She didn’t tell Arturion that Kelor-dan had hosted a feast to celebrate her arrival in Merleina. The prince had been a gracious host, attentive to her needs and comfort. He even played a string instrument to the delight of the Court and had led her through several complicated dances. For the first time in days, she enjoyed herself that Karina had completely forgotten about Kala.
The Devatas called her Liyanna, a being of light and air, yet born of earth. The prince’s eyes had shone at the pet name. Kelor-dan had helped her come out of her shell. She had felt truly at one with herself and with everything.
He delivered his promise to take her back to Merleina at sundown. Before he left her, Kelor-dan had kissed her on the forehead and extracted a promise not to forget him.
Reality returned when Kala almost tackled her on the path, hugging and sobbing, asking if she was alright. Sara followed slowly with eyes full of knowing. Right behind the high priestess, Sola had the look of surprise again. At her daring to break Sara’s rule; risking herself by attending her own celebration; or, for having Kelor-dan accompany her? It would remain a mystery to Karina.
Arturion, however, only blinked once when she told him about the prince. She had thought he would scold her for her lack of self-preservation. In return, she would accuse him of leaving her behind in a world she barely knew. Nothing had gone according to plan. The moment he walked into the archives, she was relieved to see him alive and well. The longing in his eyes when he picked up the vial was her final undoing. All her prepared speeches for the day she came face-to-face with him vanished.
Karina had asked him as casually as possible about her sister and friends. The reaction it created filled her with apprehension. Arturion had flinched at Aly’s name.
“Arty, what did you tell her?”
His tanned face had gone a few shades lighter.
Did Aly do something to him? she wondered. Her sister had a fiery temper and could scare off even the toughest man. Aly’s knowledge of the law didn’t help. She had the habit of spouting it to those who had offended her and her loved ones.
She remembered his expression when he told her about Merleina in her living room. He was wearing it now. Slowly, he recounted the events to her – his encounter with a drone, the assistance of the Black Guards, and her funeral.
“They’re alright, then. As long as I’m…”
“That is correct. The Guards are keeping an eye on the situation. They will do so until the danger has truly passed. Your family and friends are currently under surveillance, as we speak.”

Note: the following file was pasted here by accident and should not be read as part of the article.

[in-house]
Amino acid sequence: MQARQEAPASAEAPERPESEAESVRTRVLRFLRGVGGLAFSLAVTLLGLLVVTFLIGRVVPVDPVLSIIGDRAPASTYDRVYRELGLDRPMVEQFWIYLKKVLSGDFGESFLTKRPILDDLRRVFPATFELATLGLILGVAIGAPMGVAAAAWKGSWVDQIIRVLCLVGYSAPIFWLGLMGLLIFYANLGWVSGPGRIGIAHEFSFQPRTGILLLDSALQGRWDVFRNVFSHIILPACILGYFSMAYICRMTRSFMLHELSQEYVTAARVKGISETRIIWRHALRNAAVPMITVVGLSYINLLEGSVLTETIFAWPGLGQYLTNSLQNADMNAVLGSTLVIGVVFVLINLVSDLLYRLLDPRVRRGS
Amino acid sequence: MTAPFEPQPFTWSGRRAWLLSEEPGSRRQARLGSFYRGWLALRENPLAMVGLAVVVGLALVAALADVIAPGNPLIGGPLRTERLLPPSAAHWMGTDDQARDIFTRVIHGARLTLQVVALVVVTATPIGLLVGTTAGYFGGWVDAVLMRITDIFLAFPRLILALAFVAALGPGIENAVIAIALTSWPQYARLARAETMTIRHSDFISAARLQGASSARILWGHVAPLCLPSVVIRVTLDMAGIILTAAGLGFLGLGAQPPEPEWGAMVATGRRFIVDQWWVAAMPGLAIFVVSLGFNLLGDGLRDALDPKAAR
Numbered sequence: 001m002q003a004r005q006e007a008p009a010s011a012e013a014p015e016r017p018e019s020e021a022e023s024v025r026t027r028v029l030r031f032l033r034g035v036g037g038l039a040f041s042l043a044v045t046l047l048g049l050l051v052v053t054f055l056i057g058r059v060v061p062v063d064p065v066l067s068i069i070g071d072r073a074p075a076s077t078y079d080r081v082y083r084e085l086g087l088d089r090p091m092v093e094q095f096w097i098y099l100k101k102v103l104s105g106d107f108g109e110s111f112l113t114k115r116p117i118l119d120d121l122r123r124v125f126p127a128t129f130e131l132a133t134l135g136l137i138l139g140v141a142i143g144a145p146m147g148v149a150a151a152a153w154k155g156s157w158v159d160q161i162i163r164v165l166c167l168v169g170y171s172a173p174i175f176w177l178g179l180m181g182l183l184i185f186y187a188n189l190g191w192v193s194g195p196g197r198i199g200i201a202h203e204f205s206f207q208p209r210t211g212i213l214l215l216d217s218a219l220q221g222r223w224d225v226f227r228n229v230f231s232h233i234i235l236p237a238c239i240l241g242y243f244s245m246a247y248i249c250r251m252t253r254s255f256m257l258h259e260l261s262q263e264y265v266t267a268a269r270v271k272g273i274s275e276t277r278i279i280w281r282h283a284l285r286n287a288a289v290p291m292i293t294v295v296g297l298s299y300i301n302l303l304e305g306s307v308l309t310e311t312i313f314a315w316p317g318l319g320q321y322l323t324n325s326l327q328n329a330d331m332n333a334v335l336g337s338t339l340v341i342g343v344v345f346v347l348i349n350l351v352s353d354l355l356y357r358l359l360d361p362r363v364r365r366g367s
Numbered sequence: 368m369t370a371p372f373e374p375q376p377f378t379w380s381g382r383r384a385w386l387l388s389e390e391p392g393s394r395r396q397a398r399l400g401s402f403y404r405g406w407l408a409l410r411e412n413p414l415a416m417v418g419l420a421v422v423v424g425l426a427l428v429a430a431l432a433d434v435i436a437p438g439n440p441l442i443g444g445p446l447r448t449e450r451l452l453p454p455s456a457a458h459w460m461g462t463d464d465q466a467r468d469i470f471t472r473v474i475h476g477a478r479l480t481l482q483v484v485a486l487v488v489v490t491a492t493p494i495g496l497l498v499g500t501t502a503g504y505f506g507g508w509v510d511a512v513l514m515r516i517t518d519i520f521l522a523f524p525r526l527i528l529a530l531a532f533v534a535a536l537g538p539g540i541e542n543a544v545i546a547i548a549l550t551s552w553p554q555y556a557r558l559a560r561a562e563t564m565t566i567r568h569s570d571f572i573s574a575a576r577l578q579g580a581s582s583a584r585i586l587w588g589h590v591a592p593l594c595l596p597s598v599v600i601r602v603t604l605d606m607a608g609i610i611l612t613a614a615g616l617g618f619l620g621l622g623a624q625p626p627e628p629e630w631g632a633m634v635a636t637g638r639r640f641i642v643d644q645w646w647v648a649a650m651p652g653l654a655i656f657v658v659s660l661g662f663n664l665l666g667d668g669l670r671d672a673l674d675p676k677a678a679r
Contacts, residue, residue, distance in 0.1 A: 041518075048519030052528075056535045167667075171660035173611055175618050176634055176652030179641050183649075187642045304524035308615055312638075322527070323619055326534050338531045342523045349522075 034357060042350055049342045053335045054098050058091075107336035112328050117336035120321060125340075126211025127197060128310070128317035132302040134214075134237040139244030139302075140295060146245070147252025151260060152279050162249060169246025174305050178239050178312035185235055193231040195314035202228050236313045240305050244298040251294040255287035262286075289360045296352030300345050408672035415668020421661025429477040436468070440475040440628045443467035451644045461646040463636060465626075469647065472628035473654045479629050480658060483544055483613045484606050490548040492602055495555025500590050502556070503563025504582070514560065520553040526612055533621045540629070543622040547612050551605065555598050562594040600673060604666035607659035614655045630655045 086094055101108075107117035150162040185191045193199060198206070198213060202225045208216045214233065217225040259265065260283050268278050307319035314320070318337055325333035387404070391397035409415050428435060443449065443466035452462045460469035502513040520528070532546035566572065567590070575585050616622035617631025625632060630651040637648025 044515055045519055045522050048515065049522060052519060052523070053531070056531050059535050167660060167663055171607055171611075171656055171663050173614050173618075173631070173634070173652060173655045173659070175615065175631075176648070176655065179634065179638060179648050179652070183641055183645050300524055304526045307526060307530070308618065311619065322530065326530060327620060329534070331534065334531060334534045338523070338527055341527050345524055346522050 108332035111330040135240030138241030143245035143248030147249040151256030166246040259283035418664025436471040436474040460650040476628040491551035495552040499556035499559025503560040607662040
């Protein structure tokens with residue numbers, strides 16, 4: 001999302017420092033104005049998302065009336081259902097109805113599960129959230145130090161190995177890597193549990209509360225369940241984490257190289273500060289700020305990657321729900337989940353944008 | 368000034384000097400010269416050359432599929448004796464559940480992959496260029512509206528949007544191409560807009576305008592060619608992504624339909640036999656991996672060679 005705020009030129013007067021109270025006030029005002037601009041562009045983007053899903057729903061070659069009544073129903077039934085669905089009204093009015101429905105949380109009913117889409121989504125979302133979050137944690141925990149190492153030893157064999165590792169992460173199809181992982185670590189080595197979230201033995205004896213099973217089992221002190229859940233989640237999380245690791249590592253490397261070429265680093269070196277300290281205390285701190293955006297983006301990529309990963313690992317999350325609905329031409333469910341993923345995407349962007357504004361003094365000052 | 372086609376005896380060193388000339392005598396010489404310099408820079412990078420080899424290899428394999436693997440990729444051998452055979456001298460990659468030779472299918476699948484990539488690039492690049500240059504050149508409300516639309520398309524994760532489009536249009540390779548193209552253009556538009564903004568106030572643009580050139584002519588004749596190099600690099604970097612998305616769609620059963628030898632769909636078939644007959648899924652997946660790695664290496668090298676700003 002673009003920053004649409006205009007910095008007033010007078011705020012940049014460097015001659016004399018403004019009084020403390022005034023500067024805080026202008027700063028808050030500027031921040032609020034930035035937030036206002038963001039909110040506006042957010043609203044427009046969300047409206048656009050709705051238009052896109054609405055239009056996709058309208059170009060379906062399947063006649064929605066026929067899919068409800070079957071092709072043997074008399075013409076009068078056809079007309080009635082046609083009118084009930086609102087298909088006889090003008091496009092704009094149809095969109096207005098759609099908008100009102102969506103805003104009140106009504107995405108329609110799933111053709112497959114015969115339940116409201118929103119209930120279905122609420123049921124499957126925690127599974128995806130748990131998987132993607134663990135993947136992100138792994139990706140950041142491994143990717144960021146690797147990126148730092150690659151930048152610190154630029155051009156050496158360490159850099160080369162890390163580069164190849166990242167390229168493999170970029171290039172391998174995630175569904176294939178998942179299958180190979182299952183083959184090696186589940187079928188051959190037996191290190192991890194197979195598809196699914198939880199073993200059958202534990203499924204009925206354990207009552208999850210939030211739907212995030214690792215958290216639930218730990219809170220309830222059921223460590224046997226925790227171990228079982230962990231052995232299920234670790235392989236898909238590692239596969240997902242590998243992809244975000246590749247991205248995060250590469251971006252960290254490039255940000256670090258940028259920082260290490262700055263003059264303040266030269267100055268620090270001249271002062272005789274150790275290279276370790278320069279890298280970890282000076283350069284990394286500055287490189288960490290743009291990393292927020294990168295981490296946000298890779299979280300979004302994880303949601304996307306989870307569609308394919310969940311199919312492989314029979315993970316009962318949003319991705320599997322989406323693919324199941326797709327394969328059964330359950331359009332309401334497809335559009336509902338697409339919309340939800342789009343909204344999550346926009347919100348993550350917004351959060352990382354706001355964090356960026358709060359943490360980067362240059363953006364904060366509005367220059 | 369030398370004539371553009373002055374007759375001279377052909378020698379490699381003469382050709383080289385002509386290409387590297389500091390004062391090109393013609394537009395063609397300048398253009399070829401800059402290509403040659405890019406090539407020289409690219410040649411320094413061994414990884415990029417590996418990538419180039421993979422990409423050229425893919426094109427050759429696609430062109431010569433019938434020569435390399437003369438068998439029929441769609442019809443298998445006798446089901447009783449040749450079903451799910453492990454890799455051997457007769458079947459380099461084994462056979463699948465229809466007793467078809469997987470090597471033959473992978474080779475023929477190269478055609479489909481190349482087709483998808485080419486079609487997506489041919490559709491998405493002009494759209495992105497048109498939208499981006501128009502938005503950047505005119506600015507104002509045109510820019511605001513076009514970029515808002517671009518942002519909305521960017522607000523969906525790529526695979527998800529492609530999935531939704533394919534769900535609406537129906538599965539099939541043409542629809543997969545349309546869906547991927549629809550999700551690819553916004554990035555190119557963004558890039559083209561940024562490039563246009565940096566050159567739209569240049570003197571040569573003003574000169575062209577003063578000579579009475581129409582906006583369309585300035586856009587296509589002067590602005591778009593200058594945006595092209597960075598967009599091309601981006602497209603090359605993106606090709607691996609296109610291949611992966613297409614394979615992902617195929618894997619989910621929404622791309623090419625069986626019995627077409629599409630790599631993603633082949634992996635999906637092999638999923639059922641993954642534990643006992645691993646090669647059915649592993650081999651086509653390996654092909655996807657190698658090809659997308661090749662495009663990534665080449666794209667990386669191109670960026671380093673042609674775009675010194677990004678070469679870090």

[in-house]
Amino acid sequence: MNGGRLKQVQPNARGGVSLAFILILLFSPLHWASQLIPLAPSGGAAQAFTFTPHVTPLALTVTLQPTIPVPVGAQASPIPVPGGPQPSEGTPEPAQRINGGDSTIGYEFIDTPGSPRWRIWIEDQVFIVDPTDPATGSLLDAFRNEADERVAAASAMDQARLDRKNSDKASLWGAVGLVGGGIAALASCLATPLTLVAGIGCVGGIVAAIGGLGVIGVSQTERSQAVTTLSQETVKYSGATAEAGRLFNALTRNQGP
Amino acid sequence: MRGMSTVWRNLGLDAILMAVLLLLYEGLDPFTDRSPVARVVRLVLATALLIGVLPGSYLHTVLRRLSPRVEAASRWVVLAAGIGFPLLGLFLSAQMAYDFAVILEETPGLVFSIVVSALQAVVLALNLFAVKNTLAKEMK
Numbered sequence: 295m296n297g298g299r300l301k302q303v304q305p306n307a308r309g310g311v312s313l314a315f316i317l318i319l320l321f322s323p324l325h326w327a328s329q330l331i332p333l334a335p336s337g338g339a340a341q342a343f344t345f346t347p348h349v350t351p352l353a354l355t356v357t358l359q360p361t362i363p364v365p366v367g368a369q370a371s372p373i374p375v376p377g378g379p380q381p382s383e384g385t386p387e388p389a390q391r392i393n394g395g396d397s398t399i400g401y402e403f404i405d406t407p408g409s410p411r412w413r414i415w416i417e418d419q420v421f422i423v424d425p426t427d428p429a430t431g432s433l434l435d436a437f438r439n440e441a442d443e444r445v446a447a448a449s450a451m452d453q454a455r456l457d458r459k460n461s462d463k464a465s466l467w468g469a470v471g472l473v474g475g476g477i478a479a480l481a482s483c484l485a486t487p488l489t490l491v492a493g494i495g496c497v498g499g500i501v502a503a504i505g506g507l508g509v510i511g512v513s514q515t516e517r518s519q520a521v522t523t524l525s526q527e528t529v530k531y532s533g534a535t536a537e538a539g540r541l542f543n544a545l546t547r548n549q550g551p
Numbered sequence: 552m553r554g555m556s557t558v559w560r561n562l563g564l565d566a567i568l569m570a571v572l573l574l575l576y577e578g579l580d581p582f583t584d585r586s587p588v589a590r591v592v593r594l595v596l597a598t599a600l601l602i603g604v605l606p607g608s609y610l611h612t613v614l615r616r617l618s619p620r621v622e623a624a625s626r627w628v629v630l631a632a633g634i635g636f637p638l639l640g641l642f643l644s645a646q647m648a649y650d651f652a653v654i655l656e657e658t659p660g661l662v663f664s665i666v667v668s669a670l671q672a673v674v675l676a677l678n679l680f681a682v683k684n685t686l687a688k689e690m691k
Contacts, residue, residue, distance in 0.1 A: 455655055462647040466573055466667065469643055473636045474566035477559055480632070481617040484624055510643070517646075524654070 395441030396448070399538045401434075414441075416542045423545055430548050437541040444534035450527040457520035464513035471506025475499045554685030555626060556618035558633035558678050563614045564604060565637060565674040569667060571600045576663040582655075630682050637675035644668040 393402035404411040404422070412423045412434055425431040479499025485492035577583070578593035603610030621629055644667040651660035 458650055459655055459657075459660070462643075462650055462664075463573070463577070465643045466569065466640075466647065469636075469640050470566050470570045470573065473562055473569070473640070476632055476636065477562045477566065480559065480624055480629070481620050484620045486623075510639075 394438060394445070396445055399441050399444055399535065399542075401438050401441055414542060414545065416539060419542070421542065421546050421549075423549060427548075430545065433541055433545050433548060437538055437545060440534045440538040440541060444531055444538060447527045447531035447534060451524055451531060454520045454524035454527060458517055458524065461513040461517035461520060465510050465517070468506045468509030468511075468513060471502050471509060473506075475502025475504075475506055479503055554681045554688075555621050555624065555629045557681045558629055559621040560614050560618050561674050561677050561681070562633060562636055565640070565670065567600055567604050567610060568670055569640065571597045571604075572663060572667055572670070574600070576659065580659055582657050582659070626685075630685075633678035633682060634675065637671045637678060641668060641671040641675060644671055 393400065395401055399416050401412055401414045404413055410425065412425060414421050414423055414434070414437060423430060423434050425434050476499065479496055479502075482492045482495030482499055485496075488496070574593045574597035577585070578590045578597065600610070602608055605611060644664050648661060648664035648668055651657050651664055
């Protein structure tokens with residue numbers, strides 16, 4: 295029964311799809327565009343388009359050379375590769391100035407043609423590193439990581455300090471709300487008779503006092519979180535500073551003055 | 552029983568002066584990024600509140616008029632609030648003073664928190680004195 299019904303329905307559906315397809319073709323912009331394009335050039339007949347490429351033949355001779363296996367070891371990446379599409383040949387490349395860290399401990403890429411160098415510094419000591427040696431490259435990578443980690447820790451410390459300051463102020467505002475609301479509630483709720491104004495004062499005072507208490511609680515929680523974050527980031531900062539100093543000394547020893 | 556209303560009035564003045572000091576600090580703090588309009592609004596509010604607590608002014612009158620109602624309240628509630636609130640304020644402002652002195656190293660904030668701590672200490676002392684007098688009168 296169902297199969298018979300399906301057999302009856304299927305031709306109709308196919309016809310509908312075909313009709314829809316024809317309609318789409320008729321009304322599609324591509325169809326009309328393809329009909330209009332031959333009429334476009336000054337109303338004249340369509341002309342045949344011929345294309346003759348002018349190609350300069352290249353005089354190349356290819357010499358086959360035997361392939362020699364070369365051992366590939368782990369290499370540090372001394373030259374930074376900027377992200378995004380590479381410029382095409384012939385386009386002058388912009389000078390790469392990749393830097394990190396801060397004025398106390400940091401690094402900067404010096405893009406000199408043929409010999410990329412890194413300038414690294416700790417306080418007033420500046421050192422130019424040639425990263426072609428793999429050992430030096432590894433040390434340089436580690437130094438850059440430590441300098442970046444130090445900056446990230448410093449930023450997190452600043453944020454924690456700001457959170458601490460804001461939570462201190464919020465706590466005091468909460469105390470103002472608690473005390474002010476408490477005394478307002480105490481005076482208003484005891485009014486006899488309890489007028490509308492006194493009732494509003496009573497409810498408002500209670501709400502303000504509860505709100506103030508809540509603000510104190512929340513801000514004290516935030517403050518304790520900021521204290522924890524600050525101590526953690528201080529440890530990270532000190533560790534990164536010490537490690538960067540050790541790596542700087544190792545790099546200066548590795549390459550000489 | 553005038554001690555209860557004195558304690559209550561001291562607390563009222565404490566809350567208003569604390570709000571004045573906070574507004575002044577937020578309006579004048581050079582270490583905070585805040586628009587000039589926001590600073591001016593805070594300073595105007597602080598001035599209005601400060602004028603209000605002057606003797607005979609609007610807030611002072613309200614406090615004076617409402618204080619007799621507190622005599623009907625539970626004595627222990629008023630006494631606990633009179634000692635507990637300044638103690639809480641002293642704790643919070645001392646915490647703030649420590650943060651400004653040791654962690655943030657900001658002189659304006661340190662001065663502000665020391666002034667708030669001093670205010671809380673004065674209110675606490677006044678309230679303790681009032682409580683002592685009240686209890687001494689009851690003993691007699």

Arturion wasn’t hiding anything anymore nor did he defend his decisions and actions from her. She had met him as a foreigner and became his friend. Now, she saw him in a different light. He had donned the mask of a Gate Keeper fulfilling his job. The manner he used as he told her the details was similar to how an officer would report to his superior.
Her home was gone, along with the people she had loved all her life. The Arty she had known for the past two years had ceased to exist. The dutiful Gate Keeper had replaced him.
“Thank you, Arturion. Please extend my gratitude to the Black Guards, as well. If you’ll excuse me, I need some fresh air.” She didn’t wait for his response. Karina got to her feet and left the house.
Among the trees, her vision blurred with tears. She swiped it away, yet it kept flowing. Karina walked on without any real destination. She stumbled on a tree limb, her arms flailing wide. She landed face first on the forest floor, the carpet of leaves cushioning her fall. She sat up and looked around trying to get her bearings. She was at the center of a large clearing, the trail nowhere to be found. It was eerily quiet.
Sara had allowed her to wander in the forest as long as she stayed on the path. The Devatas were not the only creatures of the forest. There were still wild animals roaming deep within. The footpath was not only for convenience’s sake, it served as a guide away from predators.
The snapping of twigs echoed ominously in the clearing, making Karina jump in alarm. The instinct for fight-or-flight overtook her senses, momentarily sobering her from all the crying she’d done. She groped for any object that could be used as a makeshift weapon and came up empty-handed. If it was a wild beast, she had no means to protect herself and running would only delay the inevitable.